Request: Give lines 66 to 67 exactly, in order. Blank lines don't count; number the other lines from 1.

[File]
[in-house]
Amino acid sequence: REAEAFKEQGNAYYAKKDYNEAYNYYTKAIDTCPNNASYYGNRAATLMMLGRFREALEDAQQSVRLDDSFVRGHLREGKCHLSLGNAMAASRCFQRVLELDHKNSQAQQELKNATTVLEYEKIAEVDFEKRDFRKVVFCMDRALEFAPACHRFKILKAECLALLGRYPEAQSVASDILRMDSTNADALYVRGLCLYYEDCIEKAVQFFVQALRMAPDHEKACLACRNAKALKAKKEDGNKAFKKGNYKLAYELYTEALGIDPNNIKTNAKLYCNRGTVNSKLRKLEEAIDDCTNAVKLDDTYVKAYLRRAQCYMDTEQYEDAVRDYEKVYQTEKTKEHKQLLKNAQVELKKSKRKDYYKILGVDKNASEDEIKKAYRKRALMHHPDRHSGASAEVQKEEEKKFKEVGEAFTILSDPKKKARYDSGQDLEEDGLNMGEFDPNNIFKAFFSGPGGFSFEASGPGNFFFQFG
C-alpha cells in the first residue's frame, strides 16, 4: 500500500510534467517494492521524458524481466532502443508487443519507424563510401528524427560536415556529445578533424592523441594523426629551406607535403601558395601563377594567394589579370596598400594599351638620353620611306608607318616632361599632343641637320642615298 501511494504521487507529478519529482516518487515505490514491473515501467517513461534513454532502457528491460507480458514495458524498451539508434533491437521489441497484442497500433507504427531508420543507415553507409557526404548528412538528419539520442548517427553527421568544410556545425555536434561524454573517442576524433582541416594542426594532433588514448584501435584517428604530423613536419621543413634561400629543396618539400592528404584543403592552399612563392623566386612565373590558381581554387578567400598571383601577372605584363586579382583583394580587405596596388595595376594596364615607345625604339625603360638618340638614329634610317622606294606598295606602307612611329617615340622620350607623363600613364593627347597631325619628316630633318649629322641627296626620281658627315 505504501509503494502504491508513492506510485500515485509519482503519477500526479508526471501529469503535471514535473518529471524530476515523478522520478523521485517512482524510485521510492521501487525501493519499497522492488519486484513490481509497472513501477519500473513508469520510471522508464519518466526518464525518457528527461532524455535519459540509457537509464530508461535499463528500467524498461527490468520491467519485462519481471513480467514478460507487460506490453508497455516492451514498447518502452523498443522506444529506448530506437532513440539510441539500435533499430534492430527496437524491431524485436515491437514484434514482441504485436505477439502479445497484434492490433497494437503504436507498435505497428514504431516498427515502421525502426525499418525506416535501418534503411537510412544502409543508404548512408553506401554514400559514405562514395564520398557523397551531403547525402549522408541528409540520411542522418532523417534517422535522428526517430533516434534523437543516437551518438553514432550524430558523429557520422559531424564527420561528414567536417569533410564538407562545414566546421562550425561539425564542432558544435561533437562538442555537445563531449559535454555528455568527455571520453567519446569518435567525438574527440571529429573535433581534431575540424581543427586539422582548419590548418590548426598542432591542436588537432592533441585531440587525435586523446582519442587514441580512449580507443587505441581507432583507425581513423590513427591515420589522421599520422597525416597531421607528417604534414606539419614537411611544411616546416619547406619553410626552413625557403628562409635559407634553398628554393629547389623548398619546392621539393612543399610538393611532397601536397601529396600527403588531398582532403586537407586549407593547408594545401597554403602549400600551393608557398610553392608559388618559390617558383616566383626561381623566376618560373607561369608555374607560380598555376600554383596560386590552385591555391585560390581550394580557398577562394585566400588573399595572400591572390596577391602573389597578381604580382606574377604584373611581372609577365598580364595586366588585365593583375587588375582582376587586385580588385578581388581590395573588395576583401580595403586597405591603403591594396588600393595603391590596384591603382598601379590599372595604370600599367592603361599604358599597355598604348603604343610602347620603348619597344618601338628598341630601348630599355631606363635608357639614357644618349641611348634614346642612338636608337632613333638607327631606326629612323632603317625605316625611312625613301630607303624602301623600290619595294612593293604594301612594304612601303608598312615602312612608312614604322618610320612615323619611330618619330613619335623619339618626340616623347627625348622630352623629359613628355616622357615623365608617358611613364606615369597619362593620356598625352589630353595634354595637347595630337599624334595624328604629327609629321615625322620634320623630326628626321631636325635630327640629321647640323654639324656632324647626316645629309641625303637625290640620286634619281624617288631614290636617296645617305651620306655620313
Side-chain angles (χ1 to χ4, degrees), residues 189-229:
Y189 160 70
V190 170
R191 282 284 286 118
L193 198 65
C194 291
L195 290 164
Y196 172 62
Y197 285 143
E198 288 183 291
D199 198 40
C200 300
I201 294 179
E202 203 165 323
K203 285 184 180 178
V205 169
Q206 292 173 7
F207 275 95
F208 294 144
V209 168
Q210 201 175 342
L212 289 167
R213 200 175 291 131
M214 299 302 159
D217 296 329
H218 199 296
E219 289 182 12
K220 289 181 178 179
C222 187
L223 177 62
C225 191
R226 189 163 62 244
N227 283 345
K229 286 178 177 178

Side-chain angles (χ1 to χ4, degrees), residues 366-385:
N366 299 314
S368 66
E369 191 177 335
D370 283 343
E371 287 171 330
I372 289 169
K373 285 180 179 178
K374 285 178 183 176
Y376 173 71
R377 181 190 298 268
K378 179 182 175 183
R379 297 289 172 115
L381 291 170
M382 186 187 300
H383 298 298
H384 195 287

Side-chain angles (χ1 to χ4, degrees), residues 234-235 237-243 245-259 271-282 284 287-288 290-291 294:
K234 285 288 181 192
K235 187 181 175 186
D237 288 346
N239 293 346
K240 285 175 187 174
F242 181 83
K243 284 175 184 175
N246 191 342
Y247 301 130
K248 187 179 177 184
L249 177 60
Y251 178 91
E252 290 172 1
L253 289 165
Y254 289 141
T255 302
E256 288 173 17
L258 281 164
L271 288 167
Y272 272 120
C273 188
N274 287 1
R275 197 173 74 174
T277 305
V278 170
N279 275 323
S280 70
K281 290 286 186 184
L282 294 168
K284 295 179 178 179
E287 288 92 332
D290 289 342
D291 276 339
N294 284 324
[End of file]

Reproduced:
L249 177 60
Y251 178 91